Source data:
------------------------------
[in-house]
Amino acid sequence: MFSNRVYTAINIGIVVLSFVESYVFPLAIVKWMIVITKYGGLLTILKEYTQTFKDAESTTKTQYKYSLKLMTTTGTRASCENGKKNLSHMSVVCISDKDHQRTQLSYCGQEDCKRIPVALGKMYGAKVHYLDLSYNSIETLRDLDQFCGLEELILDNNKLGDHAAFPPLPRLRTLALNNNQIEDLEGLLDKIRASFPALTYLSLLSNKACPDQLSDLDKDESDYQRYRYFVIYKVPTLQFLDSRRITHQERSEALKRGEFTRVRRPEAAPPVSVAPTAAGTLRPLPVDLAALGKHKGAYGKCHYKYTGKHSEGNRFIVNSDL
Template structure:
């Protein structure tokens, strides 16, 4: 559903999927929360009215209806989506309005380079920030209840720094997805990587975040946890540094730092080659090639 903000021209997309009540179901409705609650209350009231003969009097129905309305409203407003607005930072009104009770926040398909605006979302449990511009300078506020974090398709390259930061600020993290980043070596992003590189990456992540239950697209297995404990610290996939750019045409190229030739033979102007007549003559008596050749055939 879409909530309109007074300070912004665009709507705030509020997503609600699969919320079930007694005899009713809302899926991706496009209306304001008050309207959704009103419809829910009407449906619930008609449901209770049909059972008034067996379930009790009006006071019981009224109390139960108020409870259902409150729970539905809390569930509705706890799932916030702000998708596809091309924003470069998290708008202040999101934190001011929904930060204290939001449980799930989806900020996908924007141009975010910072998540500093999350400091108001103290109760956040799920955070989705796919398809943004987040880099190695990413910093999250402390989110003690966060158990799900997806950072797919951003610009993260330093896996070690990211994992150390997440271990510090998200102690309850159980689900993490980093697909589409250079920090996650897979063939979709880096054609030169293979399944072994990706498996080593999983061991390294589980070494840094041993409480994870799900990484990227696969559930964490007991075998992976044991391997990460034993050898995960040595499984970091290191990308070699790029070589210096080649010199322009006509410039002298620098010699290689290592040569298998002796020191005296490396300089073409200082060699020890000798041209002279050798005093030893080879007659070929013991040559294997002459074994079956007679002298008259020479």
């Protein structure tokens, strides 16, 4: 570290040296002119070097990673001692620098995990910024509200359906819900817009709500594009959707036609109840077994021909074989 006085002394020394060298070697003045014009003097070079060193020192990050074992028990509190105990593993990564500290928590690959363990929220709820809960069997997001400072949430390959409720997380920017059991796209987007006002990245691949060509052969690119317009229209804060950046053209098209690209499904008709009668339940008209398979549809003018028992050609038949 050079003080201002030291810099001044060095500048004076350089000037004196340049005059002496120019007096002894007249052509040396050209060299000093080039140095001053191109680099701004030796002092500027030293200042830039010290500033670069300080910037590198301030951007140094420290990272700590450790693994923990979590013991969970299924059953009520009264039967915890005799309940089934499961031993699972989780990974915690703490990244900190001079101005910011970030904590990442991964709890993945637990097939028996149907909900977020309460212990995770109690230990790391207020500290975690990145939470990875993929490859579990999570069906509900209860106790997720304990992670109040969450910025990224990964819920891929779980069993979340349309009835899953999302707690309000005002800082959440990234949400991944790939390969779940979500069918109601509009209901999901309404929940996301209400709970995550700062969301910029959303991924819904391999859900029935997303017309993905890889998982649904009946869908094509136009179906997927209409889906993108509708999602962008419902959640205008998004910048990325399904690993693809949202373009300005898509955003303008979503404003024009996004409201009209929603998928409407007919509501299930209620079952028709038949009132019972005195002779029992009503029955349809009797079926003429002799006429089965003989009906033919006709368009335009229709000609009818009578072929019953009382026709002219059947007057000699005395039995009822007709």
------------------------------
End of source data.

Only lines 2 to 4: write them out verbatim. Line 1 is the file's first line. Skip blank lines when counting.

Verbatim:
Amino acid sequence: MFSNRVYTAINIGIVVLSFVESYVFPLAIVKWMIVITKYGGLLTILKEYTQTFKDAESTTKTQYKYSLKLMTTTGTRASCENGKKNLSHMSVVCISDKDHQRTQLSYCGQEDCKRIPVALGKMYGAKVHYLDLSYNSIETLRDLDQFCGLEELILDNNKLGDHAAFPPLPRLRTLALNNNQIEDLEGLLDKIRASFPALTYLSLLSNKACPDQLSDLDKDESDYQRYRYFVIYKVPTLQFLDSRRITHQERSEALKRGEFTRVRRPEAAPPVSVAPTAAGTLRPLPVDLAALGKHKGAYGKCHYKYTGKHSEGNRFIVNSDL
Template structure:
């Protein structure tokens, strides 16, 4: 559903999927929360009215209806989506309005380079920030209840720094997805990587975040946890540094730092080659090639 903000021209997309009540179901409705609650209350009231003969009097129905309305409203407003607005930072009104009770926040398909605006979302449990511009300078506020974090398709390259930061600020993290980043070596992003590189990456992540239950697209297995404990610290996939750019045409190229030739033979102007007549003559008596050749055939 879409909530309109007074300070912004665009709507705030509020997503609600699969919320079930007694005899009713809302899926991706496009209306304001008050309207959704009103419809829910009407449906619930008609449901209770049909059972008034067996379930009790009006006071019981009224109390139960108020409870259902409150729970539905809390569930509705706890799932916030702000998708596809091309924003470069998290708008202040999101934190001011929904930060204290939001449980799930989806900020996908924007141009975010910072998540500093999350400091108001103290109760956040799920955070989705796919398809943004987040880099190695990413910093999250402390989110003690966060158990799900997806950072797919951003610009993260330093896996070690990211994992150390997440271990510090998200102690309850159980689900993490980093697909589409250079920090996650897979063939979709880096054609030169293979399944072994990706498996080593999983061991390294589980070494840094041993409480994870799900990484990227696969559930964490007991075998992976044991391997990460034993050898995960040595499984970091290191990308070699790029070589210096080649010199322009006509410039002298620098010699290689290592040569298998002796020191005296490396300089073409200082060699020890000798041209002279050798005093030893080879007659070929013991040559294997002459074994079956007679002298008259020479």